Spectrum Pharmaceuticals, Inc. et al v. Sandoz Inc.
ORDER Denying without prejudice 187 Motion to Seal. Signed by Magistrate Judge Nancy J. Koppe on 12/17/2013. (Copies have been distributed pursuant to the NEF - EDS)
UNITED STATES DISTRICT COURT
DISTRICT OF NEVADA
SPECTRUM PHARMACEUTICALS, INC, et al,
Case No. 2:12-cv-00111-GMN-NJK
ORDER DENYING MOTION TO SEAL
(Docket No. 187)
Pending before the Court is a motion to seal filed by Plaintiffs. Docket No. 187. The motion
seek to file under seal the unredacted versions of Plaintiffs’ Reply Brief in Support of its Motion for
Summary Judgment of Infringement and the Antons 2d Declaration. See Docket Nos. 185 and 186.
Plaintiff has not, however, filed the unredacted versions of those exhibits on the docket as required by
Local Rule 10-5(b). That rule provides:
Unless otherwise permitted by statute, rule or prior Court order, papers filed
with the Court under seal shall be accompanied by a motion for leave to file
those documents under seal, and shall be filed in accordance with the Court’s
electronic filing procedures. If papers are filed under seal pursuant to prior
Court order, the papers shall bear the following notation on the first page,
directly under the case number: “FILED UNDER SEAL PURSUANT TO
COURT ORDER DATED __________.” All papers filed under seal will
remain sealed until such time as the Court may deny the motion to seal or
enter an order to unseal them, or the documents are unsealed pursuant to
Local Rule 10-5(b).
By failing to file the unredacted documents on the docket, Plaintiff has deprived the Court of the
ability to review those documents and to determine whether they should be under seal.
Additionally, Plaintiff has not provided a declaration in support of its motion to seal nor has it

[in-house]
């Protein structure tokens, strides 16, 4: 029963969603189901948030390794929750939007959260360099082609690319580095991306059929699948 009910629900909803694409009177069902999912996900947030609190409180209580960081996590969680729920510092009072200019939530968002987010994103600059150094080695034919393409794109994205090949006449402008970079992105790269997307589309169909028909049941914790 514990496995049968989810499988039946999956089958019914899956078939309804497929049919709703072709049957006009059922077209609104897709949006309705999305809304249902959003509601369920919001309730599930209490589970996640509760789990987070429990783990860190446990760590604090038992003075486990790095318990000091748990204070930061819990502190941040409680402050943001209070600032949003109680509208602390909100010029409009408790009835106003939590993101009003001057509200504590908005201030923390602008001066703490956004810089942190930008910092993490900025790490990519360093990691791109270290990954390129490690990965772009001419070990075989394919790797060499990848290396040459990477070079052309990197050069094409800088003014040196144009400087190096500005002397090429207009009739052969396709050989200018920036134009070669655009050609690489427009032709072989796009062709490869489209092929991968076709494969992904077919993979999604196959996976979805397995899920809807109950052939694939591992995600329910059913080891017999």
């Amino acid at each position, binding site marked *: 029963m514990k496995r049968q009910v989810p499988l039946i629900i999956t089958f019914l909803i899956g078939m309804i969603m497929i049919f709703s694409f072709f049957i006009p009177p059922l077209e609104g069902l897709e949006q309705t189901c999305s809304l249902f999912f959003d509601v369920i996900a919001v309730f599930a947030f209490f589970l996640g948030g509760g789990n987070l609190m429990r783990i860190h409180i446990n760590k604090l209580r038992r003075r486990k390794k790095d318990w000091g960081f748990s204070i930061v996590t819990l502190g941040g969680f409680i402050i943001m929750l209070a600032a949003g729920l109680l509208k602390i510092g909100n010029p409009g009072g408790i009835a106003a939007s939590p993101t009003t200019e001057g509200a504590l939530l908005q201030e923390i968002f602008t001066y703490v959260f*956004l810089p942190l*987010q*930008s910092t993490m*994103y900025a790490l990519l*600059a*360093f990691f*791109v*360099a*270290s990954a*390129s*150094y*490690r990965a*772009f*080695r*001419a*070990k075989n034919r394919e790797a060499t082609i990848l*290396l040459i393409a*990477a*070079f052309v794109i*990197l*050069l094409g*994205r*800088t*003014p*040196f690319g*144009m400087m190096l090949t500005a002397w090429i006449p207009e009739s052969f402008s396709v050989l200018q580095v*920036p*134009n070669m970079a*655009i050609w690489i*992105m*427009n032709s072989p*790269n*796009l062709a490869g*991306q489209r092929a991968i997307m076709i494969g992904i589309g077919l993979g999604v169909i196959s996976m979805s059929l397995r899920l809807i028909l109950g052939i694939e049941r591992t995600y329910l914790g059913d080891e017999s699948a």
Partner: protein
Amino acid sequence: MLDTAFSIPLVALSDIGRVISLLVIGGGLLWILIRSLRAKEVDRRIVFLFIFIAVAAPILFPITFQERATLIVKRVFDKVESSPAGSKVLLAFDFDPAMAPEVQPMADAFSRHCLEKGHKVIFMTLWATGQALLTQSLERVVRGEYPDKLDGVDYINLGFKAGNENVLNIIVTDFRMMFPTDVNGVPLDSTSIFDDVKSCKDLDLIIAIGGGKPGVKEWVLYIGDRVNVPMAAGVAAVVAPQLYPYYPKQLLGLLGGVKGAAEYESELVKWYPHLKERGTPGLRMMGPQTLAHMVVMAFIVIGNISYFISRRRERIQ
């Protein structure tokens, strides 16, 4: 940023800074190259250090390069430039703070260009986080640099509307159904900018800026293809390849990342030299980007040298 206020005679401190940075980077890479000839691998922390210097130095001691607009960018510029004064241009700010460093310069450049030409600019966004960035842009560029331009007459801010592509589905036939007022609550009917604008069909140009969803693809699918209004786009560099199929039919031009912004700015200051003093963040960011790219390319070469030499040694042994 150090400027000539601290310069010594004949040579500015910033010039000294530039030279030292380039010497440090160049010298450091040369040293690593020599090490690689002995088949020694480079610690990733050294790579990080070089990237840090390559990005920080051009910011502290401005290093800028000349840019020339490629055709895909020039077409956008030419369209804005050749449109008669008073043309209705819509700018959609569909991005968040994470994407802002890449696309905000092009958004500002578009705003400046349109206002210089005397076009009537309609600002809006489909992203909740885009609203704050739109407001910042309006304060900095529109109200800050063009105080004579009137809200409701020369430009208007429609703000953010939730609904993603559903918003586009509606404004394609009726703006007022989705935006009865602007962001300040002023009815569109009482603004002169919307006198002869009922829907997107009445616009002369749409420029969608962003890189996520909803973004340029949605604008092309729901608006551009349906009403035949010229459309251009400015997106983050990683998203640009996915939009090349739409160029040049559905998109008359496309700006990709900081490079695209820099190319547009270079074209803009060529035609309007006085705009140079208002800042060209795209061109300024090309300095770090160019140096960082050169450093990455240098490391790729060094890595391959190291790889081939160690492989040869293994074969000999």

provided a compelling reason justifying why the documents should be under seal. The fact that a party
designates materials as confidential pursuant to a stipulated protective order does not enable those
documents (standing alone) to be filed under seal. Instead, designated material may only be filed under
seal based on a showing that the relevant standard is met because “[b]lanket protective orders . . . do not
contain any rulings that specific documents may be filed under seal.” The Vaccine Ctr. LLC v.
GlaxoSmithKline LLC, 2013 U.S. Dist. Lexis 68298, *12-13 (D. Nev. May 14, 2013) (discussing Ninth
Circuit authority regarding limited impact of blanket protective orders on motions to seal).
The only support for the pending motion to seal appears to be the fact that the parties designated
certain documents as highly confidential. This type of designation alone is not sufficient to enable the
referenced documents, or any documents, to be filed under seal. In compliance with the Court’s Order
amending the parties’ protective order, Docket No. 152, Plaintiff and/or Defendant must file a
declaration in support of the motion to seal explaining why the material merits filing under seal. The
Ninth Circuit has held that there is a presumption of public access to judicial files and records and that
parties seeking to maintain the confidentiality of documents attached to dispositive motions must show
compelling reasons sufficient to overcome the presumption of public access. Kamakana v. City and
County of Honolulu, 447 F.3d 1172, 1180 (9th Cir. 2006).
Here, in addition to not complying with LR 10-5(b), Plaintiff has failed to show compelling
reasons sufficient to overcome the presumption of public access. Accordingly, the instant motion is
DENIED without prejudice.
Finally, the Court has repeatedly instructed the parties on the proper procedure for filing
documents under seal. See Docket Nos. 152, 154, 178, and 182. The continuous blatant disregard for
the sealing procedure, as well as the Court’s Orders and instructions, is particularly troubling. Moving
forward, the parties must strictly comply with all Rule and Court Orders.
IT IS SO ORDERED.
DATED: December 17, 2013
NANCY J. KOPPE
United States Magistrate Judge
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